Known also as Pellegrino da Bologna and as Pellegrino Pellegrini; decorator, mural painter, and architect, b. at Bologna, 1527; d. at Milan about 1592. Tibaldi was a pupil of Bagna Cavello, and a profound student of the works of Michelangelo. His early decorative works were executed for Cardinal Poggi, for whom he carried out a large number of commissions, in his palace at Bologna, the chapel he erected in Loretto, his rooms in Rome, and a chapel in the Church of San Giacomo in Bologna. In 1586 he went to Spain on the invitation of Philip II, and painted in the lower cloisters of the Escorial, after first erasing the work of his predecessors, with which he professed to be much dissatisfied. His greatest work was the decoration of the library in that building. He resided for nine years in Spain, returned to Italy, settled at Milan, was appointed architect of the cathedral, and died in that place. His works can be studied in Bologna and Dresden.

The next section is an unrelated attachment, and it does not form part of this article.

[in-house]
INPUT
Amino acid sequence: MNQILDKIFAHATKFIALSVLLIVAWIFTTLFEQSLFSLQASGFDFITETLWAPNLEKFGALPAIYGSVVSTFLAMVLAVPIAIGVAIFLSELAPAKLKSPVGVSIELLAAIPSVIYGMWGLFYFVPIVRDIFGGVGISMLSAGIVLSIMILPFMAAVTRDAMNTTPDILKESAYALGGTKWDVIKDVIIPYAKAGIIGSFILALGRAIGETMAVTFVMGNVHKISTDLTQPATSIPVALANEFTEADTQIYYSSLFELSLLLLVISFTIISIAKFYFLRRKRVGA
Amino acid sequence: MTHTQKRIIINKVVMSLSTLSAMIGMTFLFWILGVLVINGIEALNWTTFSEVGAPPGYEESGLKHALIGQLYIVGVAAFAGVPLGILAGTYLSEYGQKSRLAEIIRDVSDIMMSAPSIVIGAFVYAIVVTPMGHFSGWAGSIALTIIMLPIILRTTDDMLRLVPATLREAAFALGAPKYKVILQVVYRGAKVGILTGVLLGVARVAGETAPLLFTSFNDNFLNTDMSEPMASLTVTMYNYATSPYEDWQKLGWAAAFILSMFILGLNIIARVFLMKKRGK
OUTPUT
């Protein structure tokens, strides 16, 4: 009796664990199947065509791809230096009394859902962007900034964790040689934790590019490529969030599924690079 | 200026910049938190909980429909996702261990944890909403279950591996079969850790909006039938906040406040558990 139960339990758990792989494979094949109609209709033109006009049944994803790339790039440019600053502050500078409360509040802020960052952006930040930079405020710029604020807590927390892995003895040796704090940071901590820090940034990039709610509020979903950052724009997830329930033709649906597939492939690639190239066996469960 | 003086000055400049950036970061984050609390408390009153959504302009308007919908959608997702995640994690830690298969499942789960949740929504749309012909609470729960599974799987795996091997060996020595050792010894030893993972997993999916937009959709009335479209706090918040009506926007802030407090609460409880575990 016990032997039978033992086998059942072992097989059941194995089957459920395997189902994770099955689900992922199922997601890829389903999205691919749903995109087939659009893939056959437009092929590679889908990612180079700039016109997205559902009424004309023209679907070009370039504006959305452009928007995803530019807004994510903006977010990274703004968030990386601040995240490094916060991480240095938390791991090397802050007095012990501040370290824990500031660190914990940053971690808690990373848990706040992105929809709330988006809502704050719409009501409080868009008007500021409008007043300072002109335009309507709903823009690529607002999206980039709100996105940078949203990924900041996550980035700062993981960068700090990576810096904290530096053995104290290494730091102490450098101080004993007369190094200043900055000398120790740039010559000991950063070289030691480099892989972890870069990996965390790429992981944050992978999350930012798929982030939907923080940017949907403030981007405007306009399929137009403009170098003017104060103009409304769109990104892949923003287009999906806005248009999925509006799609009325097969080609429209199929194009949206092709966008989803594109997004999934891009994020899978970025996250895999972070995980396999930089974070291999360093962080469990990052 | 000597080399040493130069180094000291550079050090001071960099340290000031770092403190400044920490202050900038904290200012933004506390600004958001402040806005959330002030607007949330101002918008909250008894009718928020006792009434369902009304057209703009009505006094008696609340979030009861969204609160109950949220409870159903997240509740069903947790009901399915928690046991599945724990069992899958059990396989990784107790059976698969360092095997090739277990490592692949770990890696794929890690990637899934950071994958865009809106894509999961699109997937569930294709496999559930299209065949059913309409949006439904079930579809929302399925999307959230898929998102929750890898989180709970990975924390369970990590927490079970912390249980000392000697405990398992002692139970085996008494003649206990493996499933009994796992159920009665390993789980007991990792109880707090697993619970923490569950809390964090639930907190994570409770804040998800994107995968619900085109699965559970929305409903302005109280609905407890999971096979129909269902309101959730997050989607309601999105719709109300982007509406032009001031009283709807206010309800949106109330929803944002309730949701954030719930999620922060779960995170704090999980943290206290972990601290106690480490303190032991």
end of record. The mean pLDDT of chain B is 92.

LANZI, Storia Pittorica della Italia (Bassano. 1809); MALVASIA, Felsina Pittrice (Bologna, 1841).
APA citation. (1912). Pellegrino Tibaldi. In The Catholic Encyclopedia. New York: Robert Appleton Company. http://www.newadvent.org/cathen/14715a.htm
MLA citation. "Pellegrino Tibaldi." The Catholic Encyclopedia. Vol. 14. New York: Robert Appleton Company, 1912. <http://www.newadvent.org/cathen/14715a.htm>.
Transcription. This article was transcribed for New Advent by Thomas M. Barrett. Dedicated to the Poor Souls in Purgatory.
Ecclesiastical approbation. Nihil Obstat. July 1, 1912. Remy Lafort, S.T.D., Censor. Imprimatur. +John Cardinal Farley, Archbishop of New York.
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